Terrace, the regional business centre for the area, is located approximately 550 air miles northwest of Vancouver. The City is located on a series of natural flat benches, or terraces (hence the name) within the broad Skeena River Valley. The proximity to the ocean (approximately 60 kilometres - 37 miles), the low altitude (60 metres - 196 feet above sea level), and its location within the shelter of the Coast Mountains has created a natural "greenhouse" effect. Rainfall is less than half of that found on the coast and temperatures are moderate - warm enough to permit the growing of fruit orchards and specialty crops, including peaches, for those with a green thumb and some TLC.
Kermodei (Spirit) Bear:
The Kermodei (pronounced Kerr-mo-dee) is indeed a separate and distinct member of the black bear family (for you Latin buffs, that's Urus Americanus Kermodei). Kermodeis tend to be a bit larger and, of course, truly a bear of another colour, ranging from a light chestnut blond (or red) to a shade of steel blue-grey (which are also called glacier bears). They were first identified as a new and distinct species by the director of the B.C. Provincial Museum, Francis Kermode, in 1905. It took over 20 years before Dr. Kermode was able to obtain a live yearling cub, to observe and study. From this work, he finally concluded (in 1928) that indeed the Kermodei was not an albino, but an extremely rare sub-species of the common North American black bear.
The Kermodeis generally average about 113 - 158 kg. (250-350 lbs.), although an occasional male may exceed 226 kg. (500 lbs.) Their body length averages 1.5 - 1.85 metres (5-6'), although when they stand on their hind legs, they would tower over most of us at 2.5 - 2.7 metres (8-9'), and are usually full-grown after four years. Their eyes are small; ears small and rounded; and they have an excellent sense of smell. Their natural diet comprises of wild fruits, berries, insects, small game, and salmon - in which they quite enjoy rolling when in a ripened stage. The female usually gives birth in late fall, with one or two cubs being common; the cubs stay with their mother until they are about a year-and-a-half. The cubs are sometimes black in colour.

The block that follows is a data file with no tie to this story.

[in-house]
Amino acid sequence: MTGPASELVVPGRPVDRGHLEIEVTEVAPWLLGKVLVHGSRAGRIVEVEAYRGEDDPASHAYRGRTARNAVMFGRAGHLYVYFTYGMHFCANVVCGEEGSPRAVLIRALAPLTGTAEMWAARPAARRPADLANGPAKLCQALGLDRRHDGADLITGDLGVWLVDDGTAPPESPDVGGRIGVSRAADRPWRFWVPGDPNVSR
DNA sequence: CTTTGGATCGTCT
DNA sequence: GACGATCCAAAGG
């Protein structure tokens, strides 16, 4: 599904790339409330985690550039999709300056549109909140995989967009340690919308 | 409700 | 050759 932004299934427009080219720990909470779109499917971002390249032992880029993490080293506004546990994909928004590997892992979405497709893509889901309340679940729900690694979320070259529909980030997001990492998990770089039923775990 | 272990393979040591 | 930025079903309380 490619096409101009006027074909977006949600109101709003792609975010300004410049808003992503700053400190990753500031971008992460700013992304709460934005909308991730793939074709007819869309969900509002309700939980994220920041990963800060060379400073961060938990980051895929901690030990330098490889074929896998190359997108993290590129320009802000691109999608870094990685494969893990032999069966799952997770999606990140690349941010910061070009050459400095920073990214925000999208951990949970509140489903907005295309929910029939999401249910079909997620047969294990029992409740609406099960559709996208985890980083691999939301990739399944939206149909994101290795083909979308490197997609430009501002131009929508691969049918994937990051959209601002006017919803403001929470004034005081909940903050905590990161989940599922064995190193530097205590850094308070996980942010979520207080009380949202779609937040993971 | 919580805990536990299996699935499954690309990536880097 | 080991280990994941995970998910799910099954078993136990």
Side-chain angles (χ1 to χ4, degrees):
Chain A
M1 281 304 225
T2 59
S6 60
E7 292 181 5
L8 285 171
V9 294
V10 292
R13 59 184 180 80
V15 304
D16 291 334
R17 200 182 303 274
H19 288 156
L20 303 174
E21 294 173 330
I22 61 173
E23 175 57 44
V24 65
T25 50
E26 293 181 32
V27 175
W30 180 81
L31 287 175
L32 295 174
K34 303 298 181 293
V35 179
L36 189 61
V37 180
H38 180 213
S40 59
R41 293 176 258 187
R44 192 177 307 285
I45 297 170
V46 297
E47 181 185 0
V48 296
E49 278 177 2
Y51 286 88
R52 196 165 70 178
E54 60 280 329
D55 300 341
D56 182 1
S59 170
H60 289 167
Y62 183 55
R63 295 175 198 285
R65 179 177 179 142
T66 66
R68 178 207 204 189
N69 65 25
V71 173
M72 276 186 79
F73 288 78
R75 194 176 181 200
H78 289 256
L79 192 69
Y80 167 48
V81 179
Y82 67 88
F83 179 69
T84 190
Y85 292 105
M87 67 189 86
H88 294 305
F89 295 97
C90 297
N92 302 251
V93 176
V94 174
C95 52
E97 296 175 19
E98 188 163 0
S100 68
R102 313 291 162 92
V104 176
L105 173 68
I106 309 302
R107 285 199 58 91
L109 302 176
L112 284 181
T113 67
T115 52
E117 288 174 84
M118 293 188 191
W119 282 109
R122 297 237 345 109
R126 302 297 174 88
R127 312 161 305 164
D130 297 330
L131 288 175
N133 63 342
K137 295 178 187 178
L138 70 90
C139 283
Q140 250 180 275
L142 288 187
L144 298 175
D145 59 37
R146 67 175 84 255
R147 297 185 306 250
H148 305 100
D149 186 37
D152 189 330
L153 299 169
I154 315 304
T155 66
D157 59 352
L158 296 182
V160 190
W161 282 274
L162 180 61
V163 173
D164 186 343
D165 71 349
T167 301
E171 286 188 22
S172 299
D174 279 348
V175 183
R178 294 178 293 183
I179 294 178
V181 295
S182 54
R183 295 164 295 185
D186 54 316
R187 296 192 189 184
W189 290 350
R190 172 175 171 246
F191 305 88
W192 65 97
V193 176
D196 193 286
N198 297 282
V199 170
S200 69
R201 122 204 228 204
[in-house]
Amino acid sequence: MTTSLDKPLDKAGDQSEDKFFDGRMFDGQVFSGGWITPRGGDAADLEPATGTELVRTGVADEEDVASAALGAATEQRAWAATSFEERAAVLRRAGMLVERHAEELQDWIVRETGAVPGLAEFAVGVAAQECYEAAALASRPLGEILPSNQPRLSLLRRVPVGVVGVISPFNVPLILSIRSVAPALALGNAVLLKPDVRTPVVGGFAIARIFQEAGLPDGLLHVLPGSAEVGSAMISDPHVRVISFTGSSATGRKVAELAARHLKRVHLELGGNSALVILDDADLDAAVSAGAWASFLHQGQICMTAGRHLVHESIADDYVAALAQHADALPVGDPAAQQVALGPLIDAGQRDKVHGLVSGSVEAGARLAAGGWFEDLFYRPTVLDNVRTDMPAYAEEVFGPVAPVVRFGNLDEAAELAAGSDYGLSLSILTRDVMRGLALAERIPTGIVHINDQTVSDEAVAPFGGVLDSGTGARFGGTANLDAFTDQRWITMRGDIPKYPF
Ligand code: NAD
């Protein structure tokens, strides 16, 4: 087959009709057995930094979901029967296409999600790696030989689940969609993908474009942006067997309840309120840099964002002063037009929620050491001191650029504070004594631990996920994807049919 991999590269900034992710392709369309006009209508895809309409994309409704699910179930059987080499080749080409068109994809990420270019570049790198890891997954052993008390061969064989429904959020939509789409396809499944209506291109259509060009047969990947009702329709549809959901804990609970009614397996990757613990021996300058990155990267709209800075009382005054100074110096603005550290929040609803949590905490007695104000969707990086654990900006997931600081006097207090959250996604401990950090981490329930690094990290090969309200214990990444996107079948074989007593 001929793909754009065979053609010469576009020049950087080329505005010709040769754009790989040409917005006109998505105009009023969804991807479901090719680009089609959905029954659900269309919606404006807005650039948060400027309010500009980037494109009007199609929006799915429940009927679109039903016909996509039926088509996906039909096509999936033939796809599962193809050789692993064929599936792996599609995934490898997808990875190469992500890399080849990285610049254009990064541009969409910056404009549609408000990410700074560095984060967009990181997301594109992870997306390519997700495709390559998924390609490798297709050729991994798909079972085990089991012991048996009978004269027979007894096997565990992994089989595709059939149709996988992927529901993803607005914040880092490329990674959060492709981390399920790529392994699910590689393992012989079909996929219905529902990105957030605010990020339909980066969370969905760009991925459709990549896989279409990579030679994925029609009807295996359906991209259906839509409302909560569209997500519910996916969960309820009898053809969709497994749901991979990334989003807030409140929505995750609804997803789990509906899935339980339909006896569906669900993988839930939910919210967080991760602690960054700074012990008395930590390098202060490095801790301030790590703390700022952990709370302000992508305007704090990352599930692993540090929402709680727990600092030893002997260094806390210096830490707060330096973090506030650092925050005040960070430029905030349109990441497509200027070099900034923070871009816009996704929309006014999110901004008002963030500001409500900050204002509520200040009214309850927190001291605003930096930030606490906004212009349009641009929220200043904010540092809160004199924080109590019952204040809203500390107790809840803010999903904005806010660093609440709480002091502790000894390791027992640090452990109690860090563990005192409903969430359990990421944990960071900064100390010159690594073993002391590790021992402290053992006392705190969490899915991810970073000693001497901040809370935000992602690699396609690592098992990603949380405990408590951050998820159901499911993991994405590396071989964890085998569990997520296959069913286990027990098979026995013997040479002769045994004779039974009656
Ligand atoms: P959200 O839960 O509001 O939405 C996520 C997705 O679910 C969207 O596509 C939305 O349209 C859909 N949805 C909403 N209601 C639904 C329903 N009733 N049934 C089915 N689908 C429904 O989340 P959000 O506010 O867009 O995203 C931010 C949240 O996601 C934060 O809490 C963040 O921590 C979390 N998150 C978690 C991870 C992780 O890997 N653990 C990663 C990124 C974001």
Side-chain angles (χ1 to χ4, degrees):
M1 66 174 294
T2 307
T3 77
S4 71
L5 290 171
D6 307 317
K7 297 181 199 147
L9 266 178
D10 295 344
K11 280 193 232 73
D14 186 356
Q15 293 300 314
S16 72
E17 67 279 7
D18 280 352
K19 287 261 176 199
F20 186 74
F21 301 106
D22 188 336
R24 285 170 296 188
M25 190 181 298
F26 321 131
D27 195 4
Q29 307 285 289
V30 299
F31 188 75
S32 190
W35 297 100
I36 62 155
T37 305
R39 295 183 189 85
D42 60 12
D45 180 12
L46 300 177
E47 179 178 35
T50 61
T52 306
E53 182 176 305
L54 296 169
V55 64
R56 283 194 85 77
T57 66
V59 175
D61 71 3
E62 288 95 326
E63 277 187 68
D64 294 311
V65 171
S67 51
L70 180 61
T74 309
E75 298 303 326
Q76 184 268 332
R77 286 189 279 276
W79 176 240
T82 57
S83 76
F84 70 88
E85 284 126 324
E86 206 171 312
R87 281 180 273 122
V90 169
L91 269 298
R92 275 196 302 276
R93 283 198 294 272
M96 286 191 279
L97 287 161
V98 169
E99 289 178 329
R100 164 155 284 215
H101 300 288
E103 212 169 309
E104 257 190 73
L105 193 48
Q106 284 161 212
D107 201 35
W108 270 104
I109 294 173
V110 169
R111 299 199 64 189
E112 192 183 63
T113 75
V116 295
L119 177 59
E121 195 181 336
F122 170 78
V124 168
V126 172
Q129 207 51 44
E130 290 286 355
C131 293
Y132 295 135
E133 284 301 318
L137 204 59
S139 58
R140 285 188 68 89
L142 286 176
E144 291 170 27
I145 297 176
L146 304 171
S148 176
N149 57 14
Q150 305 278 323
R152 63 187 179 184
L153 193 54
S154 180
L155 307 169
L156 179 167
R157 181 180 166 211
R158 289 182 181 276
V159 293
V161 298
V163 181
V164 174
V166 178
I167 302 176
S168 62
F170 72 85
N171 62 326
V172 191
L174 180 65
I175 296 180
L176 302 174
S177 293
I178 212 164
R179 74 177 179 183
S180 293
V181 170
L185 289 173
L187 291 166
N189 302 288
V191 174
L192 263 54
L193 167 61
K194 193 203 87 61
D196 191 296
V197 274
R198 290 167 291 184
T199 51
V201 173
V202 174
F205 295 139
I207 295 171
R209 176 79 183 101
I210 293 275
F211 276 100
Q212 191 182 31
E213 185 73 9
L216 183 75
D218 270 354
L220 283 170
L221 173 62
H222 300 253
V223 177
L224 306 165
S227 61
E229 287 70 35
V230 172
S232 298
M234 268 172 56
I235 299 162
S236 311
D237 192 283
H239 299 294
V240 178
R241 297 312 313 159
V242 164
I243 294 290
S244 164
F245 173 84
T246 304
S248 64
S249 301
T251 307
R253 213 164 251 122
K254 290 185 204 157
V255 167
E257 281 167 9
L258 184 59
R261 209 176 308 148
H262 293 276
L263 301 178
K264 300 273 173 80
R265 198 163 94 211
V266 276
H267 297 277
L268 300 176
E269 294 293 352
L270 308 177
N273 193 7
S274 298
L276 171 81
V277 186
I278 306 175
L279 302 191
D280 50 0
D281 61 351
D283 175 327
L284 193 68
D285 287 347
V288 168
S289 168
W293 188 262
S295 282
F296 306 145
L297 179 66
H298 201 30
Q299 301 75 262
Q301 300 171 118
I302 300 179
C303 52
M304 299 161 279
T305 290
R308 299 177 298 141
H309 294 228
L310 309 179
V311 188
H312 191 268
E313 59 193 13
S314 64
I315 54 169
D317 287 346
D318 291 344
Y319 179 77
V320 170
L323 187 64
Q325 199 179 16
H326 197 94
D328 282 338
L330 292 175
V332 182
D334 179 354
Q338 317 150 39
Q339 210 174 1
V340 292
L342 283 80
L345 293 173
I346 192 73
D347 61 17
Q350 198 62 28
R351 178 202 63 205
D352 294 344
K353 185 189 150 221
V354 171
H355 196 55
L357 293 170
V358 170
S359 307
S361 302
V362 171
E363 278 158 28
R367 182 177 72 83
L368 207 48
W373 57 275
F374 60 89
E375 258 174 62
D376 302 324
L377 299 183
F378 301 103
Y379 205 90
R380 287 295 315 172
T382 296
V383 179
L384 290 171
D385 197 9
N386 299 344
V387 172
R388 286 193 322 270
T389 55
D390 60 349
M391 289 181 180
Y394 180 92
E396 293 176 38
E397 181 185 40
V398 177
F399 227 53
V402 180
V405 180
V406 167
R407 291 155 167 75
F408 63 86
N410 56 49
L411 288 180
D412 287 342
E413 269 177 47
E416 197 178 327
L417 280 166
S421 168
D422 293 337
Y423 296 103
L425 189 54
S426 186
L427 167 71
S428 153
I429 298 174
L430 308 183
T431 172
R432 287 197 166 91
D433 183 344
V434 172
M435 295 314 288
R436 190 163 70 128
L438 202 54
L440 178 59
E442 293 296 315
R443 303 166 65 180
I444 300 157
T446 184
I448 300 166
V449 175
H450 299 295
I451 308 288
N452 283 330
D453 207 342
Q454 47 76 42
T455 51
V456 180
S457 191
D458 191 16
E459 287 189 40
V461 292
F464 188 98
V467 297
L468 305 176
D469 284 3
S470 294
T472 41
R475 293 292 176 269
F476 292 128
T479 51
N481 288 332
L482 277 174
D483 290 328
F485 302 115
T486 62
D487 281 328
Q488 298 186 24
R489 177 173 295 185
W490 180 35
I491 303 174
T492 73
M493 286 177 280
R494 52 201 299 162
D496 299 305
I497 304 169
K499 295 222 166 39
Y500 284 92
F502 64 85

The bears like the mountainous terrain, lush forest growth, mild climate, productive salmon streams and rivers offered in the natural sanctuary around Terrace and on the small islands in the Douglas Channel. In the past, trophy hunters and headline seekers have reduced the small population of white Kermodeis. Now, strong Provincial protection regulations and enforcement, along with a prohibition on their killing, have helped stabilize their numbers. No one knows for sure how many Kermodeis live around the Terrace area today. Local residents have shown an increased interest and concern for the Kermodei's well-being and preservation.
Kermodei Bear - Photo Credit M. Chevrier
The City is proud of the Kermodei Bear that graces the City's official Corporate Seal. Its picture and silhouette can be seen on numerous signs, brochures and vehicles around the municipality.
As with all wild creatures, bears must be treated with the utmost respect. Please keep your distance if you come upon a bear, and do not attempt to feed or approach them. Mothers are extremely protective of their cubs and there should never be any move made towards the cubs. When in the wilds, ensure that you are heard, so that you do not stumble upon wildlife. For further information on bears and wildlife, please contact the Ministry of Environment